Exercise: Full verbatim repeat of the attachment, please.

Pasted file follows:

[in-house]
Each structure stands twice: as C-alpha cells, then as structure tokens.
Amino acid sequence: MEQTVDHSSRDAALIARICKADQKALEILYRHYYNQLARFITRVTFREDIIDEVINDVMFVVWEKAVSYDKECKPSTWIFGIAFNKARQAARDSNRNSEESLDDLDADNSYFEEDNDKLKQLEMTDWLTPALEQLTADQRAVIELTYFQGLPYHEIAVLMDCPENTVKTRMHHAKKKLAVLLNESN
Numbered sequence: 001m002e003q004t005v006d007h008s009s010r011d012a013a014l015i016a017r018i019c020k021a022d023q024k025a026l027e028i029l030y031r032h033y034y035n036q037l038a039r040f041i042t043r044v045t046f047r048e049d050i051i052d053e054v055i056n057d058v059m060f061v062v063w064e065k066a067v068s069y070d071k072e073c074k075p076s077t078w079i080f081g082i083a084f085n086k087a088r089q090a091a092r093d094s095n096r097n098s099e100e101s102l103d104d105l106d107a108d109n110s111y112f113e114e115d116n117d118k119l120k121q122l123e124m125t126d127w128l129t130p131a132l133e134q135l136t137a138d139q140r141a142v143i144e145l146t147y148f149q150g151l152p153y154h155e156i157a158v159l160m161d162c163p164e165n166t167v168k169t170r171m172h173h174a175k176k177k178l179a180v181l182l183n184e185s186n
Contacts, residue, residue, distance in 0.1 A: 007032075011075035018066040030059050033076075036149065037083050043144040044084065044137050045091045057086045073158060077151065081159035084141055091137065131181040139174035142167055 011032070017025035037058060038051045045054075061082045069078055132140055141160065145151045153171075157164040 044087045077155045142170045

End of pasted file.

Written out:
[in-house]
Each structure stands twice: as C-alpha cells, then as structure tokens.
Amino acid sequence: MEQTVDHSSRDAALIARICKADQKALEILYRHYYNQLARFITRVTFREDIIDEVINDVMFVVWEKAVSYDKECKPSTWIFGIAFNKARQAARDSNRNSEESLDDLDADNSYFEEDNDKLKQLEMTDWLTPALEQLTADQRAVIELTYFQGLPYHEIAVLMDCPENTVKTRMHHAKKKLAVLLNESN
Numbered sequence: 001m002e003q004t005v006d007h008s009s010r011d012a013a014l015i016a017r018i019c020k021a022d023q024k025a026l027e028i029l030y031r032h033y034y035n036q037l038a039r040f041i042t043r044v045t046f047r048e049d050i051i052d053e054v055i056n057d058v059m060f061v062v063w064e065k066a067v068s069y070d071k072e073c074k075p076s077t078w079i080f081g082i083a084f085n086k087a088r089q090a091a092r093d094s095n096r097n098s099e100e101s102l103d104d105l106d107a108d109n110s111y112f113e114e115d116n117d118k119l120k121q122l123e124m125t126d127w128l129t130p131a132l133e134q135l136t137a138d139q140r141a142v143i144e145l146t147y148f149q150g151l152p153y154h155e156i157a158v159l160m161d162c163p164e165n166t167v168k169t170r171m172h173h174a175k176k177k178l179a180v181l182l183n184e185s186n
Contacts, residue, residue, distance in 0.1 A: 007032075011075035018066040030059050033076075036149065037083050043144040044084065044137050045091045057086045073158060077151065081159035084141055091137065131181040139174035142167055 011032070017025035037058060038051045045054075061082045069078055132140055141160065145151045153171075157164040 044087045077155045142170045